What to know about the citizenship question the Census Bureau is planning to ask in 2020
For the first time since 1950, the U.S. Census Bureau is planning to ask everyone living in the United States whether they are citizens when it conducts its next decennial census in 2020. Anticipating that some immigrants might avoid answering the question, the Trump administration wants to try using other government records to fill in missing responses.
The new question would be included at the Justice Department’s request, according to a memo by Wilbur Ross, secretary of the Commerce Department (which oversees the Census Bureau). It would supply block-level data on the citizen and noncitizen voting age population.
The Justice Department sought to include the question because it uses data about eligible voters – the citizen voting-age population – to help enforce protections for minority voters (including those who speak languages other than English) under the federal Voting Rights Act. The Justice Department now relies on data from the Census Bureau’s American Community Survey, a sample survey that covers 2.6% of the population each year. The department wants more “scope, detail and certainty” that only the full census can provide to enforce the Voting Rights Act, Ross said.
Ross said the census form would use the same wording as what is already used in the Census Bureau’s American Community Survey, which asks respondents to check one of five categories to describe their citizenship status. Three categories apply to people who are U.S. citizens at birth: born in the U.S., born in a U.S. territory, or born abroad with at least one U.S. citizen parent. People who say they are a naturalized U.S. citizen are asked for their naturalization year. The fifth category is “not a U.S. citizen.” The survey does not ask whether noncitizens are legally in the country.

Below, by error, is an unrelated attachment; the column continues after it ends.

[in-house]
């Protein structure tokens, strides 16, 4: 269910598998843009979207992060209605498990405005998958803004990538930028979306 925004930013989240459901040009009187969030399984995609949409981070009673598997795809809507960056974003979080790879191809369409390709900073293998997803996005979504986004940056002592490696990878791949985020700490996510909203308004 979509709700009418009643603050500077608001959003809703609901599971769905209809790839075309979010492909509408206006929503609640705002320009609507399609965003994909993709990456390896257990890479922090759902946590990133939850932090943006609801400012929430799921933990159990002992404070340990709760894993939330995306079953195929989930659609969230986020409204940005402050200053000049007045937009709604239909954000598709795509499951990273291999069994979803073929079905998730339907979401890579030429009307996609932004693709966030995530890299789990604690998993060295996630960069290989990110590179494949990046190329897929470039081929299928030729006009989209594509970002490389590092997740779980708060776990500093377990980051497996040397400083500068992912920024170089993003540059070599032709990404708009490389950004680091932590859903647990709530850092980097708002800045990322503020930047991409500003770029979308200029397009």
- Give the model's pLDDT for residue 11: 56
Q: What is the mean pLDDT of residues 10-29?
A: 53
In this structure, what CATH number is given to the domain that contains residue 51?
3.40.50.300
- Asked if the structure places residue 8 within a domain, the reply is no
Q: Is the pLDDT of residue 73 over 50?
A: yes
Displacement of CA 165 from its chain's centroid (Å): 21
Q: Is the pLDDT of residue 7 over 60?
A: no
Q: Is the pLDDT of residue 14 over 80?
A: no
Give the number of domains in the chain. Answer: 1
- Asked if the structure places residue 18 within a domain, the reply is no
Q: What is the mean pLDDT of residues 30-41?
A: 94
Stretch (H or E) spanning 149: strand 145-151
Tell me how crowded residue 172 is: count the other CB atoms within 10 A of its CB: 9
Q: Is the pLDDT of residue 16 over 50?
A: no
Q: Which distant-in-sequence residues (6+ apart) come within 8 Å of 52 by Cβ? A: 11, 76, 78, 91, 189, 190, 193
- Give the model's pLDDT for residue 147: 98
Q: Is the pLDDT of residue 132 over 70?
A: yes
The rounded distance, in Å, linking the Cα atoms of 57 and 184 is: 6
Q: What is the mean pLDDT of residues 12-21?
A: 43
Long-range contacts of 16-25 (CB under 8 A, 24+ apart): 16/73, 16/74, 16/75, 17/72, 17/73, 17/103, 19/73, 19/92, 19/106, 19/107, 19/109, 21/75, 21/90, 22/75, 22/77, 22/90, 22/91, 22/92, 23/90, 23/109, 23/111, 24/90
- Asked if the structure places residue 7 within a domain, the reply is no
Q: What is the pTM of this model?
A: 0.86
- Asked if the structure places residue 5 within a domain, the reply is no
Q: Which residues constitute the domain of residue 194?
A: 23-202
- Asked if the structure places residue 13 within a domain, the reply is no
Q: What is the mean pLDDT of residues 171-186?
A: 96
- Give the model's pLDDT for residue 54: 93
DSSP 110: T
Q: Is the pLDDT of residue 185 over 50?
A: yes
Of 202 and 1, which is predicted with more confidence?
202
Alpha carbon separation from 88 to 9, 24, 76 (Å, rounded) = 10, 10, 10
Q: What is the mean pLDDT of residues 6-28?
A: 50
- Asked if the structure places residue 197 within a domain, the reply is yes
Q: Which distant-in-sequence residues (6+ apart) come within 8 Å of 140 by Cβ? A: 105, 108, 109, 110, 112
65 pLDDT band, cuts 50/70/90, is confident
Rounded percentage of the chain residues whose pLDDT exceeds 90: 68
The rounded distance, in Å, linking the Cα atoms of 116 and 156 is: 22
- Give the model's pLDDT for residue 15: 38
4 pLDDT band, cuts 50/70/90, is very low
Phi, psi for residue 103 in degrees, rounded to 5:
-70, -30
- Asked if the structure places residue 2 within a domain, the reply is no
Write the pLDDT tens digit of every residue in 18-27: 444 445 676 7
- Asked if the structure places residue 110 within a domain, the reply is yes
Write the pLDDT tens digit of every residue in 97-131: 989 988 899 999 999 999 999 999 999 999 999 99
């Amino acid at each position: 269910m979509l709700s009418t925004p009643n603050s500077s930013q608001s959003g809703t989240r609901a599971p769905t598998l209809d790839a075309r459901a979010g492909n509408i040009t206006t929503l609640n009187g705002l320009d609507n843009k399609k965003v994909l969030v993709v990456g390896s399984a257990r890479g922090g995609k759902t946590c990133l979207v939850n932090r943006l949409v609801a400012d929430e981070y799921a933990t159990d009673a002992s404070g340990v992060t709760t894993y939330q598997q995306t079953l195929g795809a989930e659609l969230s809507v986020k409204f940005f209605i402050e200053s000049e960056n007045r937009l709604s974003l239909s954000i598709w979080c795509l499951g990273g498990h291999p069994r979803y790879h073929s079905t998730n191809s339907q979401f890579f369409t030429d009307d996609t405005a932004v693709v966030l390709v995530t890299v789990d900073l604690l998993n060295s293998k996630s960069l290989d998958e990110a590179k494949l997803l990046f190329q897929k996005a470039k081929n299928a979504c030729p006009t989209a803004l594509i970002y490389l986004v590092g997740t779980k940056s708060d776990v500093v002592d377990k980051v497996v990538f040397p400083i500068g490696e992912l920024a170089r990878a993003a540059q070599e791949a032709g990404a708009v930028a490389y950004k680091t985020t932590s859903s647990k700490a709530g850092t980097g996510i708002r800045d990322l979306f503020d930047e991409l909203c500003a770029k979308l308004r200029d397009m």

Lawsuit challenges new question
The citizenship question is included in the list of census questions that the Census Bureau sent to Congress this week. But the new question’s inclusion has been challenged in court on the grounds that it could cause many immigrants to skip the 2020 census out of fear their information could be used against them, even though it is illegal to share a person’s census responses with law enforcement or immigration agencies.
A lawsuit by California Attorney General Xavier Becerra contends that if the census undercounted immigrants, it would be an incomplete population count that violates its constitutional purpose, which is to divide up seats in the U.S. House of Representatives based on the total U.S. population. (Census numbers also are used to allocate billions of dollars in federal funds.) The California lawsuit also says the Trump administration failed to follow government procedures for adding questions to the decennial census form.
If immigrants shun the census, it could reduce the number of congressional seats and the amount of federal funding in states with large numbers of foreign-born residents, such as California, which has more than any other state. Many of these states are dominated by Democratic leaders and elected officials, who have taken the lead in pressing the issue. But an undercount also could affect Republican-dominated states such as Florida and Texas. More broadly, social scientists say that if immigrants avoid the national headcount, the census results will be flawed, hurting health and social science research.
The California lawsuit quoted a 2017 Census Bureau memo that reported a recent rise in immigrants’ fears about the confidentiality of their personal information in surveys and focus groups, with some citing Trump administration actions intended to reduce unauthorized immigration. But the Ross memo says there is no “definitive, empirical support” for the claim that putting a citizenship question on the 2020 census would reduce response rates. The memo quoted data on the share of people who did not answer the question on the American Community Survey, including 11.6% to 12.3% of Hispanic respondents in 2013-2016, but it said there were “similar nonresponse rate ranges” for other questions on that survey.